That Steve Yegge is really good at starting conversations. Everyone including Steve thinks his essays are way too long, but they’re insightful and erudite and funny. His most recent outing, Notes from the Mystery Machine Bus, is all of those things, and worth plowing through to the end. It’s also more or less completely wrong.
Wrong Why? · Because, after providing a framework to help think about competing software technologies, Steve says, essentially, “It’s like politics, we’re not gonna all just get along, use whichever suits you”. But damn it, this is an engineering discipline, and for most projects we undertake, there should be some consensus Best Practices in terms of tools and architectures; where there aren’t, that’s a bug. In my profession as a whole, I mean.
Related · Steve’s rant provoked Yossi Krenin to emit What “Worse is Better vs The Right Thing” is really about, another long, valuable, mostly-wrong (albeit for different reasons) essay.
Things come in clusters; also in this one is Andy Boothe’s Should I Use ORM Or Not? Sure. (Andy’s blog’s title space reads: “SIGPWNED / killall -PWNED n00b”. Uh, OK.)
Liberal/Conservative · That’s Steve’s premise. That there’s this great big single axis that analogizes well with the way we think about politics, and that you can slot technology choices in along it. Assembler: Liberal! Erlang: Conservative! And so on. Steve’s over on the left, he says.
He’s also out of the mainstream, since he works at Google scale and not particularly on mobile. The big wide center of software development, these days, is medium-to-large apps and their mobile front-ends.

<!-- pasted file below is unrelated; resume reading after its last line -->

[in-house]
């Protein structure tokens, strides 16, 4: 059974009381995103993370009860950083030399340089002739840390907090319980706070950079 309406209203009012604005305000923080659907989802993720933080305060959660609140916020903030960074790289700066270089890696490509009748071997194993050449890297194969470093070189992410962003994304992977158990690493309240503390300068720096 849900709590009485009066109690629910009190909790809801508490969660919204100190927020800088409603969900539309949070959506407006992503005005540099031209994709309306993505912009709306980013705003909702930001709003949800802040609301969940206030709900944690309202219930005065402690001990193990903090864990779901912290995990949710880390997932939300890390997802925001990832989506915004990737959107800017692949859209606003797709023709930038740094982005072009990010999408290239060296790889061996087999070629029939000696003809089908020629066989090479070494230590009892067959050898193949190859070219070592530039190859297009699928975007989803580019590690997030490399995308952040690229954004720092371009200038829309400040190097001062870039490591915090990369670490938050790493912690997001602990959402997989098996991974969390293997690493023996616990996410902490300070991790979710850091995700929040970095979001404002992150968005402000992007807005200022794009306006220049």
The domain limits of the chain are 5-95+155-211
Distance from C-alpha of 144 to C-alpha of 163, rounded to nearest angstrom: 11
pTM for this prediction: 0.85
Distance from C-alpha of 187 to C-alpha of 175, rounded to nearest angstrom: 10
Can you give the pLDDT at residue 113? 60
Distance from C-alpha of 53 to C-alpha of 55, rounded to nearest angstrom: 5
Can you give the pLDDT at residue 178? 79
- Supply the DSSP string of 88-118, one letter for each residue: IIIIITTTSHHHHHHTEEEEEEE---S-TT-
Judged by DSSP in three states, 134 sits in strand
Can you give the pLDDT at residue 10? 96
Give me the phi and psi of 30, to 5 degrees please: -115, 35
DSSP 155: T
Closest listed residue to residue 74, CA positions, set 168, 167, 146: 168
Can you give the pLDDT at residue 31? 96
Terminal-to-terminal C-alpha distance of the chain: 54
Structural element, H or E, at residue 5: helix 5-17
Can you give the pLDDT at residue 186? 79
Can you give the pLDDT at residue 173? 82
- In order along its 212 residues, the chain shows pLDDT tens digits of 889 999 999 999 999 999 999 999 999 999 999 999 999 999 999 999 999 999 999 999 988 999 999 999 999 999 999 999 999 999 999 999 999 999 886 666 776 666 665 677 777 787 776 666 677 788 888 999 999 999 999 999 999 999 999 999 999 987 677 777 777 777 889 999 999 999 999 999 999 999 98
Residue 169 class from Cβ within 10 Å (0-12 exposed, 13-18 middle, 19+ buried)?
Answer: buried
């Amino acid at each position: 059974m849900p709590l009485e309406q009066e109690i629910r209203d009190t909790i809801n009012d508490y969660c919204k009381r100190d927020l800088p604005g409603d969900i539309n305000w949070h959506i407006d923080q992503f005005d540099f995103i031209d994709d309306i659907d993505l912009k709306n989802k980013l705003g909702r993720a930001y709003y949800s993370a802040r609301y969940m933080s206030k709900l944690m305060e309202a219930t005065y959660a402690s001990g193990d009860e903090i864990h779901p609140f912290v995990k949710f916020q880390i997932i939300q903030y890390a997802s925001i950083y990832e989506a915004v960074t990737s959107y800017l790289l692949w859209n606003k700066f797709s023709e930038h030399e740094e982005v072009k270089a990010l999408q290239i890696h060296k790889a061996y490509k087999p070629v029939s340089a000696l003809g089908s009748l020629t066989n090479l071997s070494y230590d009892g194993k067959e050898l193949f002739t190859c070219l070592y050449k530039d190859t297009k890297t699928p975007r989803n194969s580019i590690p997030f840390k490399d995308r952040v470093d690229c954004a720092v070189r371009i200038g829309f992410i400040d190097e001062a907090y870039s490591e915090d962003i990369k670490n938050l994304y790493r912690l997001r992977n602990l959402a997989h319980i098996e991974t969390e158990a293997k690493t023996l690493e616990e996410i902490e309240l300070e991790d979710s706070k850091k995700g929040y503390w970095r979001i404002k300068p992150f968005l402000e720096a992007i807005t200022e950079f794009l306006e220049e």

Best Practices · I claimed that they exist, independent of your software politics. To illustrate my point, here are a few; by way of example, I mean, not a comprehensive list:
When you’re building a Web app at less-than-Google scale, and time-to-market is important, the use of traditional “Enterprise” frameworks involving Java EE, Spring, and Dependency Injection is wrong. The use of dynamic-language-based Web frameworks is right.
Building systems which require a great deal of concurrent processing is to be avoided. If concurrency is required, mutable global state is wrong. The use of functional-programming techniques is required.
Rapid iterative deployment of systems, with each release focusing on a very small number of features is (when feasible) a sound methodology.
Static typing’s attractiveness is a direct function (and dynamic typing’s an inverse function) of API surface size.
Dynamic typing’s attractiveness is a direct function (and static typing’s an inverse function) of unit testing workability.
Obviously there are more. I’m not sure whose job it is to collect & curate them. Unfortunately I’m entirely out of touch with how Software Engineering is being taught these days. I wonder how much they think about Best Practices, and what they think they are?